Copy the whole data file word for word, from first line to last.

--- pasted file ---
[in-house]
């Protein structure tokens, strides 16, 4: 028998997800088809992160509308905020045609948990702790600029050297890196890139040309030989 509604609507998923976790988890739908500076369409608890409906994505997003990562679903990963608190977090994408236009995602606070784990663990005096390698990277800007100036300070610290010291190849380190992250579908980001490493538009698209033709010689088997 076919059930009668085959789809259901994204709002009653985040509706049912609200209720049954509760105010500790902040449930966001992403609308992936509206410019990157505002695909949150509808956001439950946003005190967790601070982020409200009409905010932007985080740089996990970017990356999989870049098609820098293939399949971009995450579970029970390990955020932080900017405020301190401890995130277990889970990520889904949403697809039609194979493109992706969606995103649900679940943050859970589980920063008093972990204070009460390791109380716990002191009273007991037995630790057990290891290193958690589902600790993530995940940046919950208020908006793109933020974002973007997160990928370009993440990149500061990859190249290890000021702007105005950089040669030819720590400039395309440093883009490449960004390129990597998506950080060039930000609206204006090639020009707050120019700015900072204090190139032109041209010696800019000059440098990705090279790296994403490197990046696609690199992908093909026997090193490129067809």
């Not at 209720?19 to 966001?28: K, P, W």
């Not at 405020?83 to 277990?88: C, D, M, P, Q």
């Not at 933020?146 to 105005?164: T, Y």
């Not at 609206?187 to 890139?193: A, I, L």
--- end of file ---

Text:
[in-house]
């Protein structure tokens, strides 16, 4: 028998997800088809992160509308905020045609948990702790600029050297890196890139040309030989 509604609507998923976790988890739908500076369409608890409906994505997003990562679903990963608190977090994408236009995602606070784990663990005096390698990277800007100036300070610290010291190849380190992250579908980001490493538009698209033709010689088997 076919059930009668085959789809259901994204709002009653985040509706049912609200209720049954509760105010500790902040449930966001992403609308992936509206410019990157505002695909949150509808956001439950946003005190967790601070982020409200009409905010932007985080740089996990970017990356999989870049098609820098293939399949971009995450579970029970390990955020932080900017405020301190401890995130277990889970990520889904949403697809039609194979493109992706969606995103649900679940943050859970589980920063008093972990204070009460390791109380716990002191009273007991037995630790057990290891290193958690589902600790993530995940940046919950208020908006793109933020974002973007997160990928370009993440990149500061990859190249290890000021702007105005950089040669030819720590400039395309440093883009490449960004390129990597998506950080060039930000609206204006090639020009707050120019700015900072204090190139032109041209010696800019000059440098990705090279790296994403490197990046696609690199992908093909026997090193490129067809």
């Not at 209720?19 to 966001?28: K, P, W």
């Not at 405020?83 to 277990?88: C, D, M, P, Q």
């Not at 933020?146 to 105005?164: T, Y």
């Not at 609206?187 to 890139?193: A, I, L």